What to Expect from an Exam Year

What to Expect from an Exam Year

Suddenly, you have a child old enough to sit their National 5 exams or Highers! Where did that time go? What happens now?

You may well remember sitting exams yourself, and now, a familiar sense of exam dread has come back to haunt you… But this time, it’s your child you’re worried about. You might be feeling out of the school loop and unsure how you’re going to help your child out. Also, things can change quite quickly in the education system, so it can all be a bit mind-boggling.

So- the question is- what can you expect from an exam year in the present day?

Firstly, it’s important to note that individual schools can do things very differently. However, there are certain expectations that are likely to apply across the board: revision; the number of exams; and parental involvement are just some of the things we will discuss.

One thing that you, as a parent or guardian, should be aware of the number of examinations your child will take. Most students in Scotland take exams across five to seven subjects, at National 5 level. However, most subjects have a set amount of components: this means that one subject may have one or two examinations plus coursework, which accumulate (when marked) to form the overall grade.

Therefore, you should expect- particularly when exam timetables are out- your child to have quite a ‘list’ of exams. Some parents are surprised to find that their child has 12 exams (for example) – but the number will vary depending on your child’s chosen subjects.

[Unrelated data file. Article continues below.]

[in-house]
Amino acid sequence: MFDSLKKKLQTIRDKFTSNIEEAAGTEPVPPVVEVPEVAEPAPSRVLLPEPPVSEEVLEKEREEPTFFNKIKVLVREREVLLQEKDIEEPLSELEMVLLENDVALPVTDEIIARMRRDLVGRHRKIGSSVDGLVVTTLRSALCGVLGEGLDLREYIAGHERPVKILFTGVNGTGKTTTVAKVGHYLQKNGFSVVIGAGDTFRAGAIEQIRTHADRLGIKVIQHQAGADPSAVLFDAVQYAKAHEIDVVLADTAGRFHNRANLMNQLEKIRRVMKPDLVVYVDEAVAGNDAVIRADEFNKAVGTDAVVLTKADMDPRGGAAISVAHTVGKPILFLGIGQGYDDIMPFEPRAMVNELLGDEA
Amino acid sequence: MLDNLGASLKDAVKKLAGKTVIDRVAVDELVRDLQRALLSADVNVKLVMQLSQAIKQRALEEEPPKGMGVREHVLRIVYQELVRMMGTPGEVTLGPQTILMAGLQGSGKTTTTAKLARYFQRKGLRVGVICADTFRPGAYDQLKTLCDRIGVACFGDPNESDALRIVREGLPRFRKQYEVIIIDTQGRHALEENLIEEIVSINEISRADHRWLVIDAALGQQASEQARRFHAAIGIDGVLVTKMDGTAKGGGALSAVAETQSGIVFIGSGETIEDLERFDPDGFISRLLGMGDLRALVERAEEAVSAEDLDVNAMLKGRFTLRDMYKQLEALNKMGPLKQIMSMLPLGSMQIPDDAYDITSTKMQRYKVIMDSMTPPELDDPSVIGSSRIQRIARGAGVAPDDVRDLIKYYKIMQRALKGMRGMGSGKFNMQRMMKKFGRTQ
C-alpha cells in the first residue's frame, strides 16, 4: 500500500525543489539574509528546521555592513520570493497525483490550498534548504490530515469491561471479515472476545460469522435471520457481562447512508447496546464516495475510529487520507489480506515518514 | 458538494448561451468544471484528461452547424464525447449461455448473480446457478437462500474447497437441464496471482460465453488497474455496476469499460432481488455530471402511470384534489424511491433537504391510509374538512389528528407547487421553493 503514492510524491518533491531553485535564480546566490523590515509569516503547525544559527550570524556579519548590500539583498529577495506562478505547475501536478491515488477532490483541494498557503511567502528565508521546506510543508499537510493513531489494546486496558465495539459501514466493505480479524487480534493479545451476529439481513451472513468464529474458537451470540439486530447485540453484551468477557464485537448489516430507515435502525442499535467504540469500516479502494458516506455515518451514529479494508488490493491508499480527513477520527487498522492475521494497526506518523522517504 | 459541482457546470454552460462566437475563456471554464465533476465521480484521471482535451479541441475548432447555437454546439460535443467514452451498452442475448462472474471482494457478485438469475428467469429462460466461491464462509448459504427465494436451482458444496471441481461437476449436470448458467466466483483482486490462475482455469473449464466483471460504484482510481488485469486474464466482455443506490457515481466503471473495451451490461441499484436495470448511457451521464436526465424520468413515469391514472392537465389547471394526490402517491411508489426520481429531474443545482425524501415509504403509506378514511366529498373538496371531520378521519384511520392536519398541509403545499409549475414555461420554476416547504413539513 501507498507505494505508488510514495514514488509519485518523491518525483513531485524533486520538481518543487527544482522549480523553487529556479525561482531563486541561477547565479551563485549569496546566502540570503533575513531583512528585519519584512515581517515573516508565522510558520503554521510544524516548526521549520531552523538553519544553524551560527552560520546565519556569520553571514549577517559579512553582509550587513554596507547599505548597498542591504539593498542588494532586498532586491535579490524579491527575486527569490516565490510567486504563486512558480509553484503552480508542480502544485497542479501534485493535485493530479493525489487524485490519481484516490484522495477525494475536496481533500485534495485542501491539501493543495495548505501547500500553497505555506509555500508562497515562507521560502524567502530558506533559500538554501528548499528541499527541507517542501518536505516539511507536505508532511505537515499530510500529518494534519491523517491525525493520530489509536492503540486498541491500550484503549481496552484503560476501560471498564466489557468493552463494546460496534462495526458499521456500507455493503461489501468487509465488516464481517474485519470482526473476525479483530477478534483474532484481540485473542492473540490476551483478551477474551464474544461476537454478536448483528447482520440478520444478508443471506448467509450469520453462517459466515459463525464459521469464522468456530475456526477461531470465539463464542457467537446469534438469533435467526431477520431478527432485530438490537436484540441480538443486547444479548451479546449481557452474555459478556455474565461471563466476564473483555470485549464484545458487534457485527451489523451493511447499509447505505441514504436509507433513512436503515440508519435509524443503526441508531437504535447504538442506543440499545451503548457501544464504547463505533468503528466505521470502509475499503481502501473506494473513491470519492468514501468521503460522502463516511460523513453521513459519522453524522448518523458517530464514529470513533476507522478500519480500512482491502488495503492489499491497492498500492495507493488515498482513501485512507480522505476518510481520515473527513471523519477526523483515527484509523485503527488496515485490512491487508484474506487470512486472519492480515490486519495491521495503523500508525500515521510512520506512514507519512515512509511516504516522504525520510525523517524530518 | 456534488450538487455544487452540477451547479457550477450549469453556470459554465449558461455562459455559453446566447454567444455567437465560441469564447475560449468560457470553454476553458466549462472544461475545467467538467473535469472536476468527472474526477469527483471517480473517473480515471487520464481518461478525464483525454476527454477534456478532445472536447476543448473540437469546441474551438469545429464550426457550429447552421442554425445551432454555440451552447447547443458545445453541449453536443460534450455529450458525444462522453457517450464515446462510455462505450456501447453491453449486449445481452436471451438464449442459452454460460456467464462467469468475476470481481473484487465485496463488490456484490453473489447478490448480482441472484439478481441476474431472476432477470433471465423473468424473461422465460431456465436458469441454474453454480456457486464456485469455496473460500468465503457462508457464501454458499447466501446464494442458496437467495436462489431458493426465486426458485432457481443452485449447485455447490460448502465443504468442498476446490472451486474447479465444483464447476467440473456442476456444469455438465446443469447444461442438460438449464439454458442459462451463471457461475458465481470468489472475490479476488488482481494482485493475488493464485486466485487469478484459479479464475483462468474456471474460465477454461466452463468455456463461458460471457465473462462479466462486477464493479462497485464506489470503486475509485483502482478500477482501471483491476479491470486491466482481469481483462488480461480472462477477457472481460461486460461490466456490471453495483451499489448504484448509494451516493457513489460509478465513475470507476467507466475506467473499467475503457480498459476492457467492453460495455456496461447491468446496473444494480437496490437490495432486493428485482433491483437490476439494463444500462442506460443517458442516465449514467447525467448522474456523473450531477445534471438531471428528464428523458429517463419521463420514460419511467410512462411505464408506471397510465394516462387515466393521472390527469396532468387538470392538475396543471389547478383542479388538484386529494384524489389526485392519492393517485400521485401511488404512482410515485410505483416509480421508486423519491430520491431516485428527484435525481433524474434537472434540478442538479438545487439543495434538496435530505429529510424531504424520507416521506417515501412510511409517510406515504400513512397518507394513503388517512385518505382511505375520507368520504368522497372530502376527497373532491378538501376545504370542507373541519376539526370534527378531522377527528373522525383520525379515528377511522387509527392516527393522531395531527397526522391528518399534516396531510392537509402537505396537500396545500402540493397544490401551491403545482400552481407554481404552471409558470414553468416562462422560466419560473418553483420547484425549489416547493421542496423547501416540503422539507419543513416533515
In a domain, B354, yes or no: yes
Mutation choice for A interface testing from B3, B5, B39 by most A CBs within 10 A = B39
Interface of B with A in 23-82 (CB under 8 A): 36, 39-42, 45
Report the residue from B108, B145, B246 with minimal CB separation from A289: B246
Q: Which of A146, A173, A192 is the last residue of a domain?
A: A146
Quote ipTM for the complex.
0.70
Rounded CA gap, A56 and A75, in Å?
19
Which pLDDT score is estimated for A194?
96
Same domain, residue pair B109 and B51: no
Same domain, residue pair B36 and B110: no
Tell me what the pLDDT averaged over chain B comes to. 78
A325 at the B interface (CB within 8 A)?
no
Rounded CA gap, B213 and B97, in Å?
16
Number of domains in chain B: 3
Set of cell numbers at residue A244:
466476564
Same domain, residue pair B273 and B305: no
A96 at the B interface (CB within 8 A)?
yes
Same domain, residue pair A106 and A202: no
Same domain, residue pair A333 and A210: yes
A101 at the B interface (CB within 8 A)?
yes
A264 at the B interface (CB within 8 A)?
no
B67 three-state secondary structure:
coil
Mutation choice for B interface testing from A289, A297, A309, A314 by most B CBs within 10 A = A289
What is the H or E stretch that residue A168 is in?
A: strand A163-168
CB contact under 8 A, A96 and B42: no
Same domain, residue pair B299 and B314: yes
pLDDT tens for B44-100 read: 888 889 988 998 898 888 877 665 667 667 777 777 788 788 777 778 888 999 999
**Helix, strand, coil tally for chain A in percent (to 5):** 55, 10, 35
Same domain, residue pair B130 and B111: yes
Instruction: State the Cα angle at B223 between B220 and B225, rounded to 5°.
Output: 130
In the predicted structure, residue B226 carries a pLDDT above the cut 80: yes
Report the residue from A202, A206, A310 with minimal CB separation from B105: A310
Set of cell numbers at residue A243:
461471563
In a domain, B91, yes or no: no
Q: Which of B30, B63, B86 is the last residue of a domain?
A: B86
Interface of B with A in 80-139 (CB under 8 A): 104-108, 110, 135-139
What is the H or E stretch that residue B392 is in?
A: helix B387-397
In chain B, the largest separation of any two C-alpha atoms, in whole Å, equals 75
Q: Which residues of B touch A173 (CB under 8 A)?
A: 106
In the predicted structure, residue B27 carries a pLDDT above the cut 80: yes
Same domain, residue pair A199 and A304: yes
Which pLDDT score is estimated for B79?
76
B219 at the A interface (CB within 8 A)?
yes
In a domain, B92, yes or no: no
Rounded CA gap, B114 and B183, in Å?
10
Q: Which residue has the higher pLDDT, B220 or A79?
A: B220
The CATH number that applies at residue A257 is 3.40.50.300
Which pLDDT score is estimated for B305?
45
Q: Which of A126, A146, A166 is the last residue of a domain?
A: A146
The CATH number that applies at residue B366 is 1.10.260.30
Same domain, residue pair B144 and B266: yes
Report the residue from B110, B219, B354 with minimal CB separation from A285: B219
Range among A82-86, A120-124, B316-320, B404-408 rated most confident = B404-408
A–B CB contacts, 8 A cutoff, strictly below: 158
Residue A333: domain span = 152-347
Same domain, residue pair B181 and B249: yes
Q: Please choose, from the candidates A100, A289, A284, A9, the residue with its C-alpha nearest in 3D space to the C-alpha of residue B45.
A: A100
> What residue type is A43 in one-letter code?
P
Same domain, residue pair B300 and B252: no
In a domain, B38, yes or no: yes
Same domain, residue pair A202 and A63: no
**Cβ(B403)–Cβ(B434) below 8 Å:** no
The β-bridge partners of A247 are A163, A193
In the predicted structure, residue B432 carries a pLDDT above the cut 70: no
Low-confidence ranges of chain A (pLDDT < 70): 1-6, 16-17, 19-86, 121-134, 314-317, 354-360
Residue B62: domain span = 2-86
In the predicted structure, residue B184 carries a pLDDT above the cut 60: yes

This is why revision will be crucial to your child in their preparation for examinations. Not only do they need to be confident in their knowledge and learning, but it’s important to have teenagers prepped for which exam they are sitting; what components of the course the paper requires, and the timings for each paper.

When you, yourself, sat exams at school, there may not have been much emphasis on teacher-led revision sessions (it may not have been an option!)

Nowadays, however, revision classes are the ‘norm’ and students are expected to attend (at least some.) This is where teachers or subject specialists run additional classes – out of school time- to help your child keep on track and boost their grades.

In addition to this, there are revision providers (external to schools,) who also offer services. This means that your teen has access to a wide range of expert support for their studies. We, ourselves, are a revision provider offering several courses for the National 5s, Higher and Advanced Higher examinations.

As a parent, it is likely that you’ll want to encourage your child to attend revision classes- or book them onto a course! By doing this, you are steering them towards the best grades. There’s a huge wealth of resources for your teen to utilise: expect to get revision-savvy (as soon as you can) this year.

Finally, expect to get involved where appropriate- and expect to support your teen from ‘the sidelines’ – cheering them all the way along!